It’s happening in my own backyard. According to this article in the Crimson and also in today’s Globe, Kaavya Viswanathan’s How Opal Mehta Got Kissed, Got Wild, and Got a Life might contain passages that are similar to a book called Sloppy First, published by Random House. Viswanathan, a Harvard sophmore, received a half a million dollars for her first novel. Dreamworks has already purchased the movie rights. She’s not responding to any of this yet.
The Globe has helpfully printed the passages for our comparison.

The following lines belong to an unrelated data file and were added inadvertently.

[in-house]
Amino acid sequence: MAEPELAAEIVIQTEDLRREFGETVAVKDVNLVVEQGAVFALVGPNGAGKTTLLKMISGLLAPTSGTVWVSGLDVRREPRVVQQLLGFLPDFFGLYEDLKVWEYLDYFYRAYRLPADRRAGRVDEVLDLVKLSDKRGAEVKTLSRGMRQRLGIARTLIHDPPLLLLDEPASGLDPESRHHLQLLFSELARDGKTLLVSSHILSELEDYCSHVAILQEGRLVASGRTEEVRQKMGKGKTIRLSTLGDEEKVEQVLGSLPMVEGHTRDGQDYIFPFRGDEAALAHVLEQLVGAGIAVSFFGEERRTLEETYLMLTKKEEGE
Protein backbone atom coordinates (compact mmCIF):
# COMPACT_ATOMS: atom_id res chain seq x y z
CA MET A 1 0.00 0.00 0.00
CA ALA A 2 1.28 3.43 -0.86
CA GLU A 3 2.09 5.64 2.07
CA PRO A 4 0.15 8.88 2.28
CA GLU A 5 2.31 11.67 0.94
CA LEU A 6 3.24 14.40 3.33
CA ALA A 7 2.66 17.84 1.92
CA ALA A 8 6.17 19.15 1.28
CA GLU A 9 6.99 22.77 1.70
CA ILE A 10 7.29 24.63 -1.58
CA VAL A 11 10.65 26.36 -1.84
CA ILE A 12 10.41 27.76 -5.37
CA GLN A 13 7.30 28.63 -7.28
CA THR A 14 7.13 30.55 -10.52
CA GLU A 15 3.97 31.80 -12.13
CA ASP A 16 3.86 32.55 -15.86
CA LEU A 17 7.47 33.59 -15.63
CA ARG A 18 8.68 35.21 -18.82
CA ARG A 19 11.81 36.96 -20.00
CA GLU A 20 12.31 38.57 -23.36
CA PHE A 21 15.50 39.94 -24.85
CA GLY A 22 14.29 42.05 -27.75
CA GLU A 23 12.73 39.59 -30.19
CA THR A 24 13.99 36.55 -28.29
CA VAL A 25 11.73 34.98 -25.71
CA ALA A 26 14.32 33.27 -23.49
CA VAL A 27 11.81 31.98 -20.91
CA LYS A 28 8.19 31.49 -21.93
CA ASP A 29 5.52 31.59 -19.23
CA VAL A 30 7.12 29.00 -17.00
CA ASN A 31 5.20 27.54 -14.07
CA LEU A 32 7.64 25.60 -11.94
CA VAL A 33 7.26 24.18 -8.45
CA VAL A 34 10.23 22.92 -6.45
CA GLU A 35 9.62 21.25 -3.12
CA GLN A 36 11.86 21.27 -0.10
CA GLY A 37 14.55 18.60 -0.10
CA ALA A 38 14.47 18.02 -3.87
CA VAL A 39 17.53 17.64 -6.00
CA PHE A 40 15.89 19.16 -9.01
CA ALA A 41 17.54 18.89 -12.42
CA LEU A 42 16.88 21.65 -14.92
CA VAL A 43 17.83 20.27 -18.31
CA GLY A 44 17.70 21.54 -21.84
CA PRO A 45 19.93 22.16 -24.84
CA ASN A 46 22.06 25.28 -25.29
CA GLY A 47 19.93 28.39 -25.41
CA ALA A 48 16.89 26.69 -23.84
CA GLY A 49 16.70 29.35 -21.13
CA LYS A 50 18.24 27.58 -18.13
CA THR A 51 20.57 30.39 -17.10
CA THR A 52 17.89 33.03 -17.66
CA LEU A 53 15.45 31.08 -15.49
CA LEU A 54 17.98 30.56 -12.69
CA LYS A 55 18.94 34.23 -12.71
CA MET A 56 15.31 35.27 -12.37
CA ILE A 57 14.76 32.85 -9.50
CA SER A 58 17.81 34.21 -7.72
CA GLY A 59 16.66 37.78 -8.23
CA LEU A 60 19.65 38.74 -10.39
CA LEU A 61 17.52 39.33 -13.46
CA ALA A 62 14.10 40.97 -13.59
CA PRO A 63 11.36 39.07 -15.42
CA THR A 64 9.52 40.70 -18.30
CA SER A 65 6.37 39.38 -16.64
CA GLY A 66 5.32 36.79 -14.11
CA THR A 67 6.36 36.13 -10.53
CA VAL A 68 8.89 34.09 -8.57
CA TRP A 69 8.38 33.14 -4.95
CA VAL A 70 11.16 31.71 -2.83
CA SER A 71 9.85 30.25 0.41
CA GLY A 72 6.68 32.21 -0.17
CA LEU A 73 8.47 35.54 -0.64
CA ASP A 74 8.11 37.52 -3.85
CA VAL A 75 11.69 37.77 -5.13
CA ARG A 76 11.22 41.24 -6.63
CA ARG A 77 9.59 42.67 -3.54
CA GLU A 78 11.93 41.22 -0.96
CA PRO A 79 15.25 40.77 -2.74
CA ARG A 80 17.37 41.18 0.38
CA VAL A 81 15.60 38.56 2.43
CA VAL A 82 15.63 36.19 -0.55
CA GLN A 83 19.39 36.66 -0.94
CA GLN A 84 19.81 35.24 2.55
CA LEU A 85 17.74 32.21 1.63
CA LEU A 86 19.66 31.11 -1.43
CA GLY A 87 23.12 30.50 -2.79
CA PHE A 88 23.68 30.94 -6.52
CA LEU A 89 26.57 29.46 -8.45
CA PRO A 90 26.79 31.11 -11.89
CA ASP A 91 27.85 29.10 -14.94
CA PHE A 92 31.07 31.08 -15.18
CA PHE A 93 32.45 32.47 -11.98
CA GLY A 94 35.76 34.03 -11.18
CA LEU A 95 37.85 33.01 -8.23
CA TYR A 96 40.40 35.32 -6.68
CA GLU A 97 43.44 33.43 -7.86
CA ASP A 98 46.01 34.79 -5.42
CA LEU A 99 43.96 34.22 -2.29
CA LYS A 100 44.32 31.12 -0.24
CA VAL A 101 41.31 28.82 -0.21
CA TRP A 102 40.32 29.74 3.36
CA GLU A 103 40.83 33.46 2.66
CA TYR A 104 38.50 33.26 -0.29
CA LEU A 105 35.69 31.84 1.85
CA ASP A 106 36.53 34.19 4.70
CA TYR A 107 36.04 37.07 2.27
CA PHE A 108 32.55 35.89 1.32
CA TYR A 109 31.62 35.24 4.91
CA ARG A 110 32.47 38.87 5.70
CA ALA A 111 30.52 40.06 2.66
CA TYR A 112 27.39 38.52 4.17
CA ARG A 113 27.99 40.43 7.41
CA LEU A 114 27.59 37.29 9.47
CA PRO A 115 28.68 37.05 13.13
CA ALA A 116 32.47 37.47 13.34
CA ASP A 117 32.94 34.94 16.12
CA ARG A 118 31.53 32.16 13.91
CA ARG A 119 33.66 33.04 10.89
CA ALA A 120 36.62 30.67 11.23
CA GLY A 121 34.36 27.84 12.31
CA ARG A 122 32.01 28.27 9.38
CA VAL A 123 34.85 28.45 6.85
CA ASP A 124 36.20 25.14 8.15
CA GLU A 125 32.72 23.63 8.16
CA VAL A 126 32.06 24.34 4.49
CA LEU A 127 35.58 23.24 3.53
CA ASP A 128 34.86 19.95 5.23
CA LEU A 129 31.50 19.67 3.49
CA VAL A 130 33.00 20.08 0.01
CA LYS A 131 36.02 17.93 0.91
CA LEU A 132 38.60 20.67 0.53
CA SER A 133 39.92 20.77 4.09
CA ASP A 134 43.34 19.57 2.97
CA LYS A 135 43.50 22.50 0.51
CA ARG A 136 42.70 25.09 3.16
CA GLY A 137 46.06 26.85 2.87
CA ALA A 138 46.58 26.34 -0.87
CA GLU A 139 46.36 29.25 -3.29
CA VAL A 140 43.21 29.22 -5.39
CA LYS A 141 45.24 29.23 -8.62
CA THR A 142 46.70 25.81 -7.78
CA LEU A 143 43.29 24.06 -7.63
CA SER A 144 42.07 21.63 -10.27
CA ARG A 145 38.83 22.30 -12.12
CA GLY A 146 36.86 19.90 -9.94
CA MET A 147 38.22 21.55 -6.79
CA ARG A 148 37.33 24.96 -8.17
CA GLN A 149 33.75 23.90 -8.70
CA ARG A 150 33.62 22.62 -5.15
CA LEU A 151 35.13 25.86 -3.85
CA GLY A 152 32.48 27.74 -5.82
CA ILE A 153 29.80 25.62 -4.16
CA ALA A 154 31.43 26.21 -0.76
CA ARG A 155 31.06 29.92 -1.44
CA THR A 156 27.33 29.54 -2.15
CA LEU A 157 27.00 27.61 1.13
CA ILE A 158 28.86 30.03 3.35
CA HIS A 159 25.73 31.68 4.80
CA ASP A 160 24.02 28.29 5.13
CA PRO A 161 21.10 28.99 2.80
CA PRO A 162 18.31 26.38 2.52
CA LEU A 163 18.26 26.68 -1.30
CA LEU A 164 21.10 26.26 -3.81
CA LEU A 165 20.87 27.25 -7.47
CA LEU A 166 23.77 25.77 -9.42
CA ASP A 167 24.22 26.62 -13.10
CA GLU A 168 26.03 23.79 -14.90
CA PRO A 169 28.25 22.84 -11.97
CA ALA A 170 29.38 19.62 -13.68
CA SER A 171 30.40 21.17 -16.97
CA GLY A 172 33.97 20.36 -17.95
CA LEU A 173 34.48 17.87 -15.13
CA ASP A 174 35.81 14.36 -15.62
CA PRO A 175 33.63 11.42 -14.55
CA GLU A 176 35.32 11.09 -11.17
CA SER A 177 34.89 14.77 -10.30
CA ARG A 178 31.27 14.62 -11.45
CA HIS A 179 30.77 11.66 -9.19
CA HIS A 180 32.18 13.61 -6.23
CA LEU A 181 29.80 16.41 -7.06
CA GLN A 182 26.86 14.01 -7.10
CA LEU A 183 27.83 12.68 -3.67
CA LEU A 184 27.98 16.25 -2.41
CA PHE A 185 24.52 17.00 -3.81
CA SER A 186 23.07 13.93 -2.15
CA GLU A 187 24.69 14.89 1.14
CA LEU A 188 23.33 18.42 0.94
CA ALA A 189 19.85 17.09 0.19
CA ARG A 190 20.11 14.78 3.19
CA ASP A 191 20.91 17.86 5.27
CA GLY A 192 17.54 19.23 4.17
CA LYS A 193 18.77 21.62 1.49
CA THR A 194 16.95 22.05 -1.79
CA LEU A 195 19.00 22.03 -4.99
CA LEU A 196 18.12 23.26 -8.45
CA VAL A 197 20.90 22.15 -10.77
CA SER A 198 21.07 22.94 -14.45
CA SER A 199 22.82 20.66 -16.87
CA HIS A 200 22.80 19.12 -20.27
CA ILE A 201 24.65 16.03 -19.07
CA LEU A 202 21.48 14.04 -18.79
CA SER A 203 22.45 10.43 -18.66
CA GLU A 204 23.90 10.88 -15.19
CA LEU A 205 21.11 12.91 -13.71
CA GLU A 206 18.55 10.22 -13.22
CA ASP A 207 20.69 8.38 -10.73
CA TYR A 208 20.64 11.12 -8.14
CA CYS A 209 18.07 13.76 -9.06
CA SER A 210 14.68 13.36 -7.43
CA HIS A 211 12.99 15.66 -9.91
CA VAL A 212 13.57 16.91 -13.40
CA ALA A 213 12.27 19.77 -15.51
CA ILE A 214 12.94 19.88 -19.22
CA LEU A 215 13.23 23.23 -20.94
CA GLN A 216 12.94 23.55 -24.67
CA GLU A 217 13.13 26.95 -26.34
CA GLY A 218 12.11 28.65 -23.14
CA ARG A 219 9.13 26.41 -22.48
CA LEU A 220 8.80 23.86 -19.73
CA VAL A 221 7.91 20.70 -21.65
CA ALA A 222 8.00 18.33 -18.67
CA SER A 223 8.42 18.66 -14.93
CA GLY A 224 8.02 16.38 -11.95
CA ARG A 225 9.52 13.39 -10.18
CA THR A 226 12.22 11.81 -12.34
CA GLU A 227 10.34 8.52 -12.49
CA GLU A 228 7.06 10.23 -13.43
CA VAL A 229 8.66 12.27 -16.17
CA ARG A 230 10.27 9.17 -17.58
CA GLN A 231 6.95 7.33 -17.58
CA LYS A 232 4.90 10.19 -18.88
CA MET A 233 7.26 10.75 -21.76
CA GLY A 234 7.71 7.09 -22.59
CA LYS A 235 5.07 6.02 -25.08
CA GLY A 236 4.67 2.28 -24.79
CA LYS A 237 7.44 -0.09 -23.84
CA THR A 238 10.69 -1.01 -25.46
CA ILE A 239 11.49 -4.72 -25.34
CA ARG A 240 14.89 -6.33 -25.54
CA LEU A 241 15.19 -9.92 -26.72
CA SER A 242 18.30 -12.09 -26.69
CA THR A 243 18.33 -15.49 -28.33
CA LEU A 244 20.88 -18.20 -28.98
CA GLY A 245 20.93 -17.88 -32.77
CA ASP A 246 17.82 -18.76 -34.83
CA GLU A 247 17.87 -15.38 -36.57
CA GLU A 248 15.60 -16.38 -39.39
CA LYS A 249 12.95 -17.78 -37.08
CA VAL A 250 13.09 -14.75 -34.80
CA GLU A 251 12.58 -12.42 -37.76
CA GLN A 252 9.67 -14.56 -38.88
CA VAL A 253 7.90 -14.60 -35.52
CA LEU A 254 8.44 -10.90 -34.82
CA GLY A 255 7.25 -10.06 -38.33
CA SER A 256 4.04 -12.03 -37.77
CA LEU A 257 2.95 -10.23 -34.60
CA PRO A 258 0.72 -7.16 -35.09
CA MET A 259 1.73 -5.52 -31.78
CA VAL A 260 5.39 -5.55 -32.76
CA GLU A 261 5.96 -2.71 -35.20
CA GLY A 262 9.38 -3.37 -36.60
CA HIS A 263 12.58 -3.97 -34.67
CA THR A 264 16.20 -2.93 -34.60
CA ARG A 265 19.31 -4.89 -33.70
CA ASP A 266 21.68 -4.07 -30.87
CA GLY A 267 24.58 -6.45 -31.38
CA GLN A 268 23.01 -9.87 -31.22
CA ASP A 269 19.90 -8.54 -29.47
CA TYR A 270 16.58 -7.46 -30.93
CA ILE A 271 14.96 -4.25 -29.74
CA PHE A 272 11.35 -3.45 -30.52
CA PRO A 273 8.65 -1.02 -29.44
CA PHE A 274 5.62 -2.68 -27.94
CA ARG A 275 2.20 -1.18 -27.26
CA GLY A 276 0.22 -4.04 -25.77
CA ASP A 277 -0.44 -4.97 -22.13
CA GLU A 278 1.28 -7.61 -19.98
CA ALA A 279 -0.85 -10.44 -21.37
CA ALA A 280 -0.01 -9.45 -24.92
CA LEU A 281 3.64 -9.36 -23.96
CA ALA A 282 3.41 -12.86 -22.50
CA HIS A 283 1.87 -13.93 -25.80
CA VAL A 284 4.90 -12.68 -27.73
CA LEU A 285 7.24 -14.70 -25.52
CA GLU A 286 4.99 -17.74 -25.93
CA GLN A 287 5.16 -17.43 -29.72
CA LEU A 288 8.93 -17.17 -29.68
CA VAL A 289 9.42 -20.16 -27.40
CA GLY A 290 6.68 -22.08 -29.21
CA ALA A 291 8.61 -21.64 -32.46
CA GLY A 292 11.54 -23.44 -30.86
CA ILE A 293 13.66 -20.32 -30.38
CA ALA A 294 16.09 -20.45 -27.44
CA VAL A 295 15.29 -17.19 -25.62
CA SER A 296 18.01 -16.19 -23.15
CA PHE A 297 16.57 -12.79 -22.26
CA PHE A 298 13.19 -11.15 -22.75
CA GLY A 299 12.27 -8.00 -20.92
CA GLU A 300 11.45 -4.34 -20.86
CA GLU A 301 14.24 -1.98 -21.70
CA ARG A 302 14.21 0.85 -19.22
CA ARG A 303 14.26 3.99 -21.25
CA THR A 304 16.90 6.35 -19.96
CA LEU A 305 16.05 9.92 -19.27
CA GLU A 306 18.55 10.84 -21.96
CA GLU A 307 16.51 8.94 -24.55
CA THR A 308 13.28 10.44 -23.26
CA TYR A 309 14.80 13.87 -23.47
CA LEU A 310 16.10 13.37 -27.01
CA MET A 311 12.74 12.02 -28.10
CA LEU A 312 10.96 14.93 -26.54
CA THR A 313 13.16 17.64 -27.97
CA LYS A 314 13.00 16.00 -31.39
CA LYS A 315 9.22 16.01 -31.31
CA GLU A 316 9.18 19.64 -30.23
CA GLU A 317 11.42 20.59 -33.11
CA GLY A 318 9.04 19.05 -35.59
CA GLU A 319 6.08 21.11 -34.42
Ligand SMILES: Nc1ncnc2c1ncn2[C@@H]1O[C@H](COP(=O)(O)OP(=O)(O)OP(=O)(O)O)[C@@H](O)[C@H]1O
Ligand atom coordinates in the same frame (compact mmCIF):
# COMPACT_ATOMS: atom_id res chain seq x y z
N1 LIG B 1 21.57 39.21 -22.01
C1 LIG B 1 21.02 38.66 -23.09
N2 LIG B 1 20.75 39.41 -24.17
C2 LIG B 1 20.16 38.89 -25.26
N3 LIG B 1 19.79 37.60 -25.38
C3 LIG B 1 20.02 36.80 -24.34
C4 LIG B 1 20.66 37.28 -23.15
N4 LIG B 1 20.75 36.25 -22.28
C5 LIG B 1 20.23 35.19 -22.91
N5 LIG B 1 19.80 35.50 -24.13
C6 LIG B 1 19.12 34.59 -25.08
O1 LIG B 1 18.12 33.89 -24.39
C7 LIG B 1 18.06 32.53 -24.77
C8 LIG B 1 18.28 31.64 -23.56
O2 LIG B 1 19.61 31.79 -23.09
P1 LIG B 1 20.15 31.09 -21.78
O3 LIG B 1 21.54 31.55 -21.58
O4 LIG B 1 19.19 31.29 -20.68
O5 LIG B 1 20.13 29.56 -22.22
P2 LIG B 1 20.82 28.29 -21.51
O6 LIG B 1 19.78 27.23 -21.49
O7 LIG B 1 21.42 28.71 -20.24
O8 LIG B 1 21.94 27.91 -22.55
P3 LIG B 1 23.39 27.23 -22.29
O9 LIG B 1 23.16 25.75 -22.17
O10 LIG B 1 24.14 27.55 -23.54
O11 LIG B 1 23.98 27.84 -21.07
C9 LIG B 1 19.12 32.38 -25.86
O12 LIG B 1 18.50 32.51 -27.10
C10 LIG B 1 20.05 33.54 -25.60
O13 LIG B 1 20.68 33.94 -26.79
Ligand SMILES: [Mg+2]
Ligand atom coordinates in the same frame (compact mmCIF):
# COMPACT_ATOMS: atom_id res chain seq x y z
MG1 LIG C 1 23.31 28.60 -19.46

That’s so depressing. Even more depressing, I’m sure there are instances where the author doesn’t even realize they’re doing it. Where they have it in their head because they’ve read it before, but they don’t realize it. In that regard it’s pretty scary.
Yes, very depressing. And the evidence of the passages suggests that she knew perfectly well what she was doing–i.e. there are small edits that would make a keyword search marginally less likely to catch it, but it is clearly the same sentences to begin with. As a teacher the thing I find really depressing about plagiarism is the way it represents a degradation of self-respect, there is a contempt in it for the audience but also for the self.
Sorry Kaavya, you lose
She’s responded to the allegations apparently. I’m posting about it above.